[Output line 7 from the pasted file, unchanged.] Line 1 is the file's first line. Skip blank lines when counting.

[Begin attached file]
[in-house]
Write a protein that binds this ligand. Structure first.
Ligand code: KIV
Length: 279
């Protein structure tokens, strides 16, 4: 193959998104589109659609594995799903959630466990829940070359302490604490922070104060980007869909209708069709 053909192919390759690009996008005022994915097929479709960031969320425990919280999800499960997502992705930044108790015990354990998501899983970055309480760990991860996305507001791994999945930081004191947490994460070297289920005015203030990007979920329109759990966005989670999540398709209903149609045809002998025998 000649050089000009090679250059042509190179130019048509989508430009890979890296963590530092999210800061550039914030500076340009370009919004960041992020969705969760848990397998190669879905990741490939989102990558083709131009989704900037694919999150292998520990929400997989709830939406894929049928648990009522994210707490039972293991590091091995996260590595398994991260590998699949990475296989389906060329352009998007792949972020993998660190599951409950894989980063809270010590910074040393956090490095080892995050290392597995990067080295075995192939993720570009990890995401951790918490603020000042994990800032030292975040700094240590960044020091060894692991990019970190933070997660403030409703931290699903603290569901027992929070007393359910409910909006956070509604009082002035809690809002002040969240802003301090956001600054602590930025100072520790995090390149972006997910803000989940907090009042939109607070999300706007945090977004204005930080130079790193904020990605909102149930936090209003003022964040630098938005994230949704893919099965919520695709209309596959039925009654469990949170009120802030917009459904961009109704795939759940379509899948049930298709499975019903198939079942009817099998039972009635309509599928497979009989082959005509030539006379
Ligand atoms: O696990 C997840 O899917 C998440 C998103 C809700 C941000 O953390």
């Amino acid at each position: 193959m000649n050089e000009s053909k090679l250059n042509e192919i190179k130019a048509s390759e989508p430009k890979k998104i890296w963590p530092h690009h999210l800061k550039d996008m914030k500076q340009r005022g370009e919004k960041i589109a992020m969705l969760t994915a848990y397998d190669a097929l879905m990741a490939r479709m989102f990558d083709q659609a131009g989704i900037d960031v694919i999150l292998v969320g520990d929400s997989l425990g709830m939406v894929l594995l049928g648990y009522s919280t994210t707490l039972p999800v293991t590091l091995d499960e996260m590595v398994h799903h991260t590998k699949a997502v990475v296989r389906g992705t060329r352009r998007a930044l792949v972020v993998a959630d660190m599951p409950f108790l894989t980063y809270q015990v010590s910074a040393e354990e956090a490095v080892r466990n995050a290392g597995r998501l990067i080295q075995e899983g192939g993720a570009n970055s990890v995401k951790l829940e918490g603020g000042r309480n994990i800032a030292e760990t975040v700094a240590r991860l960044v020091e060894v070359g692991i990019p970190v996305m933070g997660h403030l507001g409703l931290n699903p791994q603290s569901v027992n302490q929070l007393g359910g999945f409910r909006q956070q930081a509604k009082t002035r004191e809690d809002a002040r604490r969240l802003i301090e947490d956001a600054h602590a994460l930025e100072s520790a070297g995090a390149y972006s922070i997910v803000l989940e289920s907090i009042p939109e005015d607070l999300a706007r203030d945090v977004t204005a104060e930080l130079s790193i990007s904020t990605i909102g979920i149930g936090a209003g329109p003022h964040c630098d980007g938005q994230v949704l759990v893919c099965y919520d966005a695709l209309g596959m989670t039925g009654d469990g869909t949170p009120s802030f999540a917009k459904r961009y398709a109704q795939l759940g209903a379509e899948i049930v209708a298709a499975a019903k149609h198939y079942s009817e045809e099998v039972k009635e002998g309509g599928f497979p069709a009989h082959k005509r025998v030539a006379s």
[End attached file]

């Amino acid at each position: 193959m000649n050089e000009s053909k090679l250059n042509e192919i190179k130019a048509s390759e989508p430009k890979k998104i890296w963590p530092h690009h999210l800061k550039d996008m914030k500076q340009r005022g370009e919004k960041i589109a992020m969705l969760t994915a848990y397998d190669a097929l879905m990741a490939r479709m989102f990558d083709q659609a131009g989704i900037d960031v694919i999150l292998v969320g520990d929400s997989l425990g709830m939406v894929l594995l049928g648990y009522s919280t994210t707490l039972p999800v293991t590091l091995d499960e996260m590595v398994h799903h991260t590998k699949a997502v990475v296989r389906g992705t060329r352009r998007a930044l792949v972020v993998a959630d660190m599951p409950f108790l894989t980063y809270q015990v010590s910074a040393e354990e956090a490095v080892r466990n995050a290392g597995r998501l990067i080295q075995e899983g192939g993720a570009n970055s990890v995401k951790l829940e918490g603020g000042r309480n994990i800032a030292e760990t975040v700094a240590r991860l960044v020091e060894v070359g692991i990019p970190v996305m933070g997660h403030l507001g409703l931290n699903p791994q603290s569901v027992n302490q929070l007393g359910g999945f409910r909006q956070q930081a509604k009082t002035r004191e809690d809002a002040r604490r969240l802003i301090e947490d956001a600054h602590a994460l930025e100072s520790a070297g995090a390149y972006s922070i997910v803000l989940e289920s907090i009042p939109e005015d607070l999300a706007r203030d945090v977004t204005a104060e930080l130079s790193i990007s904020t990605i909102g979920i149930g936090a209003g329109p003022h964040c630098d980007g938005q994230v949704l759990v893919c099965y919520d966005a695709l209309g596959m989670t039925g009654d469990g869909t949170p009120s802030f999540a917009k459904r961009y398709a109704q795939l759940g209903a379509e899948i049930v209708a298709a499975a019903k149609h198939y079942s009817e045809e099998v039972k009635e002998g309509g599928f497979p069709a009989h082959k005509r025998v030539a006379s």